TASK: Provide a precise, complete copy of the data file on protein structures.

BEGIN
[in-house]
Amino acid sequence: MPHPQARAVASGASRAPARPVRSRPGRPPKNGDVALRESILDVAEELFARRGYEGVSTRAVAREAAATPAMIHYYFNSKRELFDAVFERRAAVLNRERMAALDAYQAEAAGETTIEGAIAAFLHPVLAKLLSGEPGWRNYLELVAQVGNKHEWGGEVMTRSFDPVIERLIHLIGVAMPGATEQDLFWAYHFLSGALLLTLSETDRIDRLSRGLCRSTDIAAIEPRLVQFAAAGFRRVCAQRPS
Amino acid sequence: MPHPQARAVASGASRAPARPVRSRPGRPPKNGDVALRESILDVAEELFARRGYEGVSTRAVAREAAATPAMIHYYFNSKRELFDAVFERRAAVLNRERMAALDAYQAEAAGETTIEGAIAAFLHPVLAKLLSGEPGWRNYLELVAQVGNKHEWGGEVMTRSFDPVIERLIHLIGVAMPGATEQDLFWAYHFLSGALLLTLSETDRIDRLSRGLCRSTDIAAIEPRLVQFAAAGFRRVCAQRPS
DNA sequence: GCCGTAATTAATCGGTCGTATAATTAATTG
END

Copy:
[in-house]
Amino acid sequence: MPHPQARAVASGASRAPARPVRSRPGRPPKNGDVALRESILDVAEELFARRGYEGVSTRAVAREAAATPAMIHYYFNSKRELFDAVFERRAAVLNRERMAALDAYQAEAAGETTIEGAIAAFLHPVLAKLLSGEPGWRNYLELVAQVGNKHEWGGEVMTRSFDPVIERLIHLIGVAMPGATEQDLFWAYHFLSGALLLTLSETDRIDRLSRGLCRSTDIAAIEPRLVQFAAAGFRRVCAQRPS
Amino acid sequence: MPHPQARAVASGASRAPARPVRSRPGRPPKNGDVALRESILDVAEELFARRGYEGVSTRAVAREAAATPAMIHYYFNSKRELFDAVFERRAAVLNRERMAALDAYQAEAAGETTIEGAIAAFLHPVLAKLLSGEPGWRNYLELVAQVGNKHEWGGEVMTRSFDPVIERLIHLIGVAMPGATEQDLFWAYHFLSGALLLTLSETDRIDRLSRGLCRSTDIAAIEPRLVQFAAAGFRRVCAQRPS
DNA sequence: GCCGTAATTAATCGGTCGTATAATTAATTG